Nursing Clio business cards. Write for us!

The Eagle Eye

As Content Editor, Elizabeth Reis makes sure we don’t screw it up. A professor at the Macaulay Honors College at CUNY, Lizzie knew Adam and Carrie from her days at the University of Oregon, and she was an early reader of the blog. She also contributed essays on various topics like intersex rights and the controversy over male circumcision. Having a recognized scholar contribute to our blog in its early days was such an important piece of our success, and I am forever grateful for her support. Lizzie would always email or Facebook message us when she caught an error in one of our blog posts. We would dutifully go in and correct our mistakes, but it was an embarrassing display of our inexperience. We invited her to join the editing team, and it was one of the best decisions we ever made. As Content Editor, Lizzie is the last person in the editing chain to read a post. She checks for any grammar/editing mistakes that the editors may have missed, and occasionally flags larger content issues that have slipped through the cracks.

I met Lizzie in person at the 2013 AHA conference in New Orleans. She was already working as our “Eagle Eye” and had also agreed to chair an all-Nursing Clio panel at the conference. Before the panel, we all met up at the Carousel Lounge for drinks and discussion. I’ll never forget the look on Lizzie’s face when I told her I was a first-year graduate student. She later confided that she was shocked that a new grad student was behind Nursing Clio. I am so grateful that she didn’t quit right then because over the last few years she has become a good friend and an even greater mentor. And just like Carrie and Adam, our relationship has evolved online, through phone conversations, and in person. She and her husband Matt have hosted me at their house, we’ve shared meals together, and of course, there was that hike up Mt. Baldy (she hiked circles around Carrie and me).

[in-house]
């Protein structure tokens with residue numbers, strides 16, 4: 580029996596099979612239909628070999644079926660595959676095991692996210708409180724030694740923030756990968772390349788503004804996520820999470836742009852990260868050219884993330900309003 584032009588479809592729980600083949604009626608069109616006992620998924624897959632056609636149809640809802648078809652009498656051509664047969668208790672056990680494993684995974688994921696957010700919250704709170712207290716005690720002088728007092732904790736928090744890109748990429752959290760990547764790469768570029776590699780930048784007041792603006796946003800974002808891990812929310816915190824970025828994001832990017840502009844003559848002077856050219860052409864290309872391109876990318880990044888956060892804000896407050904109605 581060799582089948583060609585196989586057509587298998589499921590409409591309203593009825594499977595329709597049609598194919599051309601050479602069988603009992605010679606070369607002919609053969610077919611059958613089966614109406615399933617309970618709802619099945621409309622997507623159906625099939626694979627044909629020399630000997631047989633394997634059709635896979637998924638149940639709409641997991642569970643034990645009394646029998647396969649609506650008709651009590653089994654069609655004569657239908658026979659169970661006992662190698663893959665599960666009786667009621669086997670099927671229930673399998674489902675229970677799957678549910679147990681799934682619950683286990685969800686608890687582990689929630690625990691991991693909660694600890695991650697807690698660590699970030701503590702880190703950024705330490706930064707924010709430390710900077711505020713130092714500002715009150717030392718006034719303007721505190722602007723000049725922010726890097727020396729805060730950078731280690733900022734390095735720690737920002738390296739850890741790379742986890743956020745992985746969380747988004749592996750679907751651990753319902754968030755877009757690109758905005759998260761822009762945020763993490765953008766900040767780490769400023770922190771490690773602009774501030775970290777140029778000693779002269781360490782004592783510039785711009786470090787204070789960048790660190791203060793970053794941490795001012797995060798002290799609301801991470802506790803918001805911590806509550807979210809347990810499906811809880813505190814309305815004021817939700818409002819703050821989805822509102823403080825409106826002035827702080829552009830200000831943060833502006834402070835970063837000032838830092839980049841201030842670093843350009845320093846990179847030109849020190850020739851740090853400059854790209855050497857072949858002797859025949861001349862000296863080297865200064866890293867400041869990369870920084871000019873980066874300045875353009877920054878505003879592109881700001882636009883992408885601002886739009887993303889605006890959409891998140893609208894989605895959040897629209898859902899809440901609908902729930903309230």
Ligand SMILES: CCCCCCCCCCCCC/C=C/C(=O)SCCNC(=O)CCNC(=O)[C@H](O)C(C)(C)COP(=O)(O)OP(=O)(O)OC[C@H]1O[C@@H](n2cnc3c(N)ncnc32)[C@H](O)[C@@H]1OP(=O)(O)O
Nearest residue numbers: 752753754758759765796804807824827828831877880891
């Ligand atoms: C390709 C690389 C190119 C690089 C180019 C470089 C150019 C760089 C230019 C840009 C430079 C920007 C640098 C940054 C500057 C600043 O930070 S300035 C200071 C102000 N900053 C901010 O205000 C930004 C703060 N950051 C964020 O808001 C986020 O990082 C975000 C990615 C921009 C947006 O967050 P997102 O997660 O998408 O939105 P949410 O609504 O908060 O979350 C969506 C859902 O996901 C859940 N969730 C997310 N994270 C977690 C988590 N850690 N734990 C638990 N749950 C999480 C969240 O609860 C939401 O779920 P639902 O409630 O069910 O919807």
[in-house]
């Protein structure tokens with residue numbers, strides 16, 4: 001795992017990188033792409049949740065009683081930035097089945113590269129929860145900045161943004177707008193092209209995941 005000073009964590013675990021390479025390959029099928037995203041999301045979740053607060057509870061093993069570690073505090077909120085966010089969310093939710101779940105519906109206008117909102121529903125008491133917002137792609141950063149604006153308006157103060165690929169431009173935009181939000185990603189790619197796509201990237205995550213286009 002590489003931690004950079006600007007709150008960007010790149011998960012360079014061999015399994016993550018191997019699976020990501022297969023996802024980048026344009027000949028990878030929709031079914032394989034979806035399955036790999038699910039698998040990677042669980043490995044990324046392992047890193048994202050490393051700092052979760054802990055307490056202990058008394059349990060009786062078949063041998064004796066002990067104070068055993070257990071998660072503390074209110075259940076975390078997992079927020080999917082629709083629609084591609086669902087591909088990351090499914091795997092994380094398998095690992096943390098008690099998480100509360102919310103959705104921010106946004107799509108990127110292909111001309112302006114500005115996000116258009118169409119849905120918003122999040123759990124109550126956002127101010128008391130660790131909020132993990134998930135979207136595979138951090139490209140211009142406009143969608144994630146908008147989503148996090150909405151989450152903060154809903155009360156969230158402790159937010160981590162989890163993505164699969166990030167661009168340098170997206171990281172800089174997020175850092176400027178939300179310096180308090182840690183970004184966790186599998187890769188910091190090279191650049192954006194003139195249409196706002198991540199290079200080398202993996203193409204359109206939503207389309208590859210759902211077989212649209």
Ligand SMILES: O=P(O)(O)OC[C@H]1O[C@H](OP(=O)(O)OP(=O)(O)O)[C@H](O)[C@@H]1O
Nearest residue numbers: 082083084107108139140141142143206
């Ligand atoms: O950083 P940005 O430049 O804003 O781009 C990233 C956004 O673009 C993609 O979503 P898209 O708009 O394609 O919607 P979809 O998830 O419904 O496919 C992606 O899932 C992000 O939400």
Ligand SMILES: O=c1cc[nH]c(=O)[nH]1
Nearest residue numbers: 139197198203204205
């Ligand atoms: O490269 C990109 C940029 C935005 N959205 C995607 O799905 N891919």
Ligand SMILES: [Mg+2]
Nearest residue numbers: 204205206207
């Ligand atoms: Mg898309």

The Editors Who Came Out of the Blue

Lauren McIvor Thomas and Sarah Handley-Cousins work ridiculously hard. As Editors, they are the ones who do the heavy lifting. After Carrie receives an essay from a writer, she assigns either one or two editors to review it, depending on her estimation of how much work needs to be done. They carefully read through each essay, line-edit when necessary, and offer comments and suggestions for revisions. After a writer revises, Sarah and Lauren read the piece again to make sure it’s ready to move forward. We publish between 8-16 essays per month, so you can just imagine how much work those two do.

Lauren & Sarah. (Courtesy of the author.)

Sarah is one of the first editors who came to us out of the blue. She first began as a regular writer for Nursing Clio. As a graduate student at the State University of New York at Buffalo writing a dissertation on disability in the Civil War, she contributed several essays on things like veterans’ rights and the Bowe Bergdahl desertion case. Every essay she submitted was flawless and required little-to-no editing. When we had an opening for an editor, we all agreed that we needed to convince Sarah to join our team.

I was “introduced” online to Lauren through a mutual friend who recognized that we both had similar academic interests. At the time, Lauren was a Ph.D. student at Georgia State University writing a dissertation on law, medicine, and the history of birth control. She was also a contributor to the blog Tropics of Meta. I first persuaded her to write a piece for us in 2014 on the Hobby Lobby contraception case. Like Sarah, her writing was perfect — and it was funny! She was such a breath of fresh air for Nursing Clio that I eventually poached her from Tropics of Meta (sorry, Alex), and she came on board as a regular writer. Over time, we promoted her to Editor, and she and Sarah became our dynamic duo.

The Newbies